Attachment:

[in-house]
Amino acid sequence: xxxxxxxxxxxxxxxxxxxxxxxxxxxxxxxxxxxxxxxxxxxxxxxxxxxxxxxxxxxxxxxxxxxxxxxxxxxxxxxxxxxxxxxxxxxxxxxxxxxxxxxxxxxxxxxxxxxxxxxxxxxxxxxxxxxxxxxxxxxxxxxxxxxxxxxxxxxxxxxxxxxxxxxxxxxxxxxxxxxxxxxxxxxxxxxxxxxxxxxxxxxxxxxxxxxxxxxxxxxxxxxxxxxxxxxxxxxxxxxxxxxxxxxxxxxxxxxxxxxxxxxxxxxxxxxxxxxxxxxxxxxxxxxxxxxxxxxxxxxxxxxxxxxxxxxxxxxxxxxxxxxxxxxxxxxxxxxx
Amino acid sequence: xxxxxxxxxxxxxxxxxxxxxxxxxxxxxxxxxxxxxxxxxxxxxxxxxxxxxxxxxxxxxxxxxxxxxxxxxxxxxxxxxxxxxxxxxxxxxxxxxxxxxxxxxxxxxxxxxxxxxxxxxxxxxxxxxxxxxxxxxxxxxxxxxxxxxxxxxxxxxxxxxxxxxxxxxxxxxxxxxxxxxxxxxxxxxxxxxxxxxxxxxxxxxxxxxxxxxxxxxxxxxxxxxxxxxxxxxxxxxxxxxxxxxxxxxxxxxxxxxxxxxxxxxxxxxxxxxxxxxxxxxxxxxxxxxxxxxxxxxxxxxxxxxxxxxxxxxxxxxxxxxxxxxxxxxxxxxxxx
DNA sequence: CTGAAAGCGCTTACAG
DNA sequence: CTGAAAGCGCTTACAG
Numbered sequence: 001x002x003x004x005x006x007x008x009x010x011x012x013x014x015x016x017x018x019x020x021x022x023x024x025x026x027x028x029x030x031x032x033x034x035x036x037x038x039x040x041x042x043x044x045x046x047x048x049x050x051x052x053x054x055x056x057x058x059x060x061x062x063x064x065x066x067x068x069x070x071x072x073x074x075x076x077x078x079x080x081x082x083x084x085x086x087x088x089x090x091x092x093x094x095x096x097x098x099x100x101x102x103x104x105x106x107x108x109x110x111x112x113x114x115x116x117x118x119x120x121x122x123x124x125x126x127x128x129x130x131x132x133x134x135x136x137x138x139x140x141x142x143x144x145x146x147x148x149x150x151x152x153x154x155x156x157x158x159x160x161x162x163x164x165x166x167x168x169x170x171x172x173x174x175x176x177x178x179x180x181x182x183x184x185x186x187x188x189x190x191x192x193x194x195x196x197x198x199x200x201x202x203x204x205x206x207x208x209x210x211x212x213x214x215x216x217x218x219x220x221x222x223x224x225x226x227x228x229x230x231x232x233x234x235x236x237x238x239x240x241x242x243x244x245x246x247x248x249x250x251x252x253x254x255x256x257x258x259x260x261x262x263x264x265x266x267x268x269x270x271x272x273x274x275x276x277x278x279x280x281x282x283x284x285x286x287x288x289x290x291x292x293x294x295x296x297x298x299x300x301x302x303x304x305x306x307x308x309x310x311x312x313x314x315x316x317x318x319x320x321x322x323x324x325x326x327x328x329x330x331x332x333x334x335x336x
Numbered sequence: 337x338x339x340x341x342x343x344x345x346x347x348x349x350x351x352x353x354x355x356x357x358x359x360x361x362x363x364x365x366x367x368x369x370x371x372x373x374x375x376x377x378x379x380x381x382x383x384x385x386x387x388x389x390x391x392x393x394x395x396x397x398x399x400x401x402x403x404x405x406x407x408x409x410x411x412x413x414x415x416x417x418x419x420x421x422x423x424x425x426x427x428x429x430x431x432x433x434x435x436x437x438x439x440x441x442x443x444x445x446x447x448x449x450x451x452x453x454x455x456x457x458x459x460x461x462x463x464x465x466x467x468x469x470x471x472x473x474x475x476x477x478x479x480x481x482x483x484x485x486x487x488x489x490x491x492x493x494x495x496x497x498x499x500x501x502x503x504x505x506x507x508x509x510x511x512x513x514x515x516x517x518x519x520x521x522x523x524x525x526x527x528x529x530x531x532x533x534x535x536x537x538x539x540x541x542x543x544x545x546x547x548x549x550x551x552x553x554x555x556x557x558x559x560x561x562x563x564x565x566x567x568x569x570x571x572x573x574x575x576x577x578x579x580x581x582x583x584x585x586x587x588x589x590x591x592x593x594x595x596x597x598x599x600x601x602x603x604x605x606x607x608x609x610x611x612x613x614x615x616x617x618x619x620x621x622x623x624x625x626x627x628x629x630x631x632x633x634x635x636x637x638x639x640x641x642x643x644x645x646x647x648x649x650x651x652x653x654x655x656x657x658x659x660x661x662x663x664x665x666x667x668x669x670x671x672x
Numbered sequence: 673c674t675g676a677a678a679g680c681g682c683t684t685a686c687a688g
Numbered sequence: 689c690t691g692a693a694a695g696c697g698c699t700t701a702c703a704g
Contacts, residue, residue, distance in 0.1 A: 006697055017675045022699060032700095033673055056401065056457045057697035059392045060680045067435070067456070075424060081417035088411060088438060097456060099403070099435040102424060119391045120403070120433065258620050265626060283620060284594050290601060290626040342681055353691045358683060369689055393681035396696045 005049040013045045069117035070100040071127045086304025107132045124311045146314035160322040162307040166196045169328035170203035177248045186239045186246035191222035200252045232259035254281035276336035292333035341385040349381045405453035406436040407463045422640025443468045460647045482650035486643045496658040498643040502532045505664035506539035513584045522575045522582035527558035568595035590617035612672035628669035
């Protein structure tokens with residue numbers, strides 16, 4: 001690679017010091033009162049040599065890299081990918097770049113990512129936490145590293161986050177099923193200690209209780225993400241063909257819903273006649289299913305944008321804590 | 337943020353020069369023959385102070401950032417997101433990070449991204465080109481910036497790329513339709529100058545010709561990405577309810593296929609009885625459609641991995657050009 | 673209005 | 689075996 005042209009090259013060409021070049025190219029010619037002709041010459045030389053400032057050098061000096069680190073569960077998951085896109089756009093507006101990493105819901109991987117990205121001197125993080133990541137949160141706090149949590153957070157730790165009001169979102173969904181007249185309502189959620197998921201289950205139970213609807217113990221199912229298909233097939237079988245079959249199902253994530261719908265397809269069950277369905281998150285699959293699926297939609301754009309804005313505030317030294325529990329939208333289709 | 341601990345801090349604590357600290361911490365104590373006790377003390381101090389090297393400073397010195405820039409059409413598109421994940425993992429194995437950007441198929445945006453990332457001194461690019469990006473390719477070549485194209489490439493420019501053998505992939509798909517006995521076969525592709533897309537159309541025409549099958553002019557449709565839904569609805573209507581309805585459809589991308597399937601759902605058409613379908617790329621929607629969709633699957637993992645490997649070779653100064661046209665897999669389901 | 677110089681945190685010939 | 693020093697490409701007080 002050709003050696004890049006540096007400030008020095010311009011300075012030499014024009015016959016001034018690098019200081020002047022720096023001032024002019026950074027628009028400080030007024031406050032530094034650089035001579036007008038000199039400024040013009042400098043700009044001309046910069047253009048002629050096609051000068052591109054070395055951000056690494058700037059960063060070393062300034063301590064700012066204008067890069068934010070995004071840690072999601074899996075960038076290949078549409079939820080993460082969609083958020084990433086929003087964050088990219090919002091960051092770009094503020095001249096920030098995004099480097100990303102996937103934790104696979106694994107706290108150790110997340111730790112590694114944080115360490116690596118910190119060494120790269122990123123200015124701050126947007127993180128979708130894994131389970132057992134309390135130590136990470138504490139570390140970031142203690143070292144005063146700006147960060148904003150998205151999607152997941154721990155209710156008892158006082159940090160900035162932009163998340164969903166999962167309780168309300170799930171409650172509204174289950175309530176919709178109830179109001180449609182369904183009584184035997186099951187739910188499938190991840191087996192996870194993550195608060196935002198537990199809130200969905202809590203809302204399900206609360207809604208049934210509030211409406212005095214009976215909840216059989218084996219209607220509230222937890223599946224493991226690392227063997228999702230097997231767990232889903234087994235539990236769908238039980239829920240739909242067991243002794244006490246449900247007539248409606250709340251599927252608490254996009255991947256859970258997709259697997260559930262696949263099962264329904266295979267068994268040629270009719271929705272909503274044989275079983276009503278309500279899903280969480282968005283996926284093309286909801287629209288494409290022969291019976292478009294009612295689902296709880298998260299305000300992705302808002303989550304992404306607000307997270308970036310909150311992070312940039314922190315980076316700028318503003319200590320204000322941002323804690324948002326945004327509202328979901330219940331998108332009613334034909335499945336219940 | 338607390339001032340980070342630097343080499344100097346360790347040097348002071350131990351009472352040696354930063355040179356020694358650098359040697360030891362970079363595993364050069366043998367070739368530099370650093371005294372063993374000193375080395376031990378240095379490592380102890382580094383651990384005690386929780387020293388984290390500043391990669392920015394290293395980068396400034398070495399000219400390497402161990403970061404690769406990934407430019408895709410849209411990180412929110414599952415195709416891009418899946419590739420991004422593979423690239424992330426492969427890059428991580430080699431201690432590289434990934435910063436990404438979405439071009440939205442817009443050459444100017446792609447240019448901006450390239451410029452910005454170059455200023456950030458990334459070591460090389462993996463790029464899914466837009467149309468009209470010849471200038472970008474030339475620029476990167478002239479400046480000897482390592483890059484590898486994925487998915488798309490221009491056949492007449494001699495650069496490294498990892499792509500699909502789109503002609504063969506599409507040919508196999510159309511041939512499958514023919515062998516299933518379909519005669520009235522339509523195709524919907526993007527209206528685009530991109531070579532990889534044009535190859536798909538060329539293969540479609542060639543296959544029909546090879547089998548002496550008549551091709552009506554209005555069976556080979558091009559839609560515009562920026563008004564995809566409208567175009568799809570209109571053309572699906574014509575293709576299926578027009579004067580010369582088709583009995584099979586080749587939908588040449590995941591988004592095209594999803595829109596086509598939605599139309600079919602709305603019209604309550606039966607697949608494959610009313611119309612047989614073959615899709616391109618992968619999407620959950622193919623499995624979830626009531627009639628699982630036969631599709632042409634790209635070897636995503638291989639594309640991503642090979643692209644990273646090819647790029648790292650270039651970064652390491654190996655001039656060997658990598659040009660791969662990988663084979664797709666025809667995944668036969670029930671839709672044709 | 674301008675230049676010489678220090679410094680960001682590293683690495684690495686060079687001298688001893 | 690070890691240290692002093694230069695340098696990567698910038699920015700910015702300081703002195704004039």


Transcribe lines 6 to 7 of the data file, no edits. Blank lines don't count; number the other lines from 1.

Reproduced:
Numbered sequence: 001x002x003x004x005x006x007x008x009x010x011x012x013x014x015x016x017x018x019x020x021x022x023x024x025x026x027x028x029x030x031x032x033x034x035x036x037x038x039x040x041x042x043x044x045x046x047x048x049x050x051x052x053x054x055x056x057x058x059x060x061x062x063x064x065x066x067x068x069x070x071x072x073x074x075x076x077x078x079x080x081x082x083x084x085x086x087x088x089x090x091x092x093x094x095x096x097x098x099x100x101x102x103x104x105x106x107x108x109x110x111x112x113x114x115x116x117x118x119x120x121x122x123x124x125x126x127x128x129x130x131x132x133x134x135x136x137x138x139x140x141x142x143x144x145x146x147x148x149x150x151x152x153x154x155x156x157x158x159x160x161x162x163x164x165x166x167x168x169x170x171x172x173x174x175x176x177x178x179x180x181x182x183x184x185x186x187x188x189x190x191x192x193x194x195x196x197x198x199x200x201x202x203x204x205x206x207x208x209x210x211x212x213x214x215x216x217x218x219x220x221x222x223x224x225x226x227x228x229x230x231x232x233x234x235x236x237x238x239x240x241x242x243x244x245x246x247x248x249x250x251x252x253x254x255x256x257x258x259x260x261x262x263x264x265x266x267x268x269x270x271x272x273x274x275x276x277x278x279x280x281x282x283x284x285x286x287x288x289x290x291x292x293x294x295x296x297x298x299x300x301x302x303x304x305x306x307x308x309x310x311x312x313x314x315x316x317x318x319x320x321x322x323x324x325x326x327x328x329x330x331x332x333x334x335x336x
Numbered sequence: 337x338x339x340x341x342x343x344x345x346x347x348x349x350x351x352x353x354x355x356x357x358x359x360x361x362x363x364x365x366x367x368x369x370x371x372x373x374x375x376x377x378x379x380x381x382x383x384x385x386x387x388x389x390x391x392x393x394x395x396x397x398x399x400x401x402x403x404x405x406x407x408x409x410x411x412x413x414x415x416x417x418x419x420x421x422x423x424x425x426x427x428x429x430x431x432x433x434x435x436x437x438x439x440x441x442x443x444x445x446x447x448x449x450x451x452x453x454x455x456x457x458x459x460x461x462x463x464x465x466x467x468x469x470x471x472x473x474x475x476x477x478x479x480x481x482x483x484x485x486x487x488x489x490x491x492x493x494x495x496x497x498x499x500x501x502x503x504x505x506x507x508x509x510x511x512x513x514x515x516x517x518x519x520x521x522x523x524x525x526x527x528x529x530x531x532x533x534x535x536x537x538x539x540x541x542x543x544x545x546x547x548x549x550x551x552x553x554x555x556x557x558x559x560x561x562x563x564x565x566x567x568x569x570x571x572x573x574x575x576x577x578x579x580x581x582x583x584x585x586x587x588x589x590x591x592x593x594x595x596x597x598x599x600x601x602x603x604x605x606x607x608x609x610x611x612x613x614x615x616x617x618x619x620x621x622x623x624x625x626x627x628x629x630x631x632x633x634x635x636x637x638x639x640x641x642x643x644x645x646x647x648x649x650x651x652x653x654x655x656x657x658x659x660x661x662x663x664x665x666x667x668x669x670x671x672x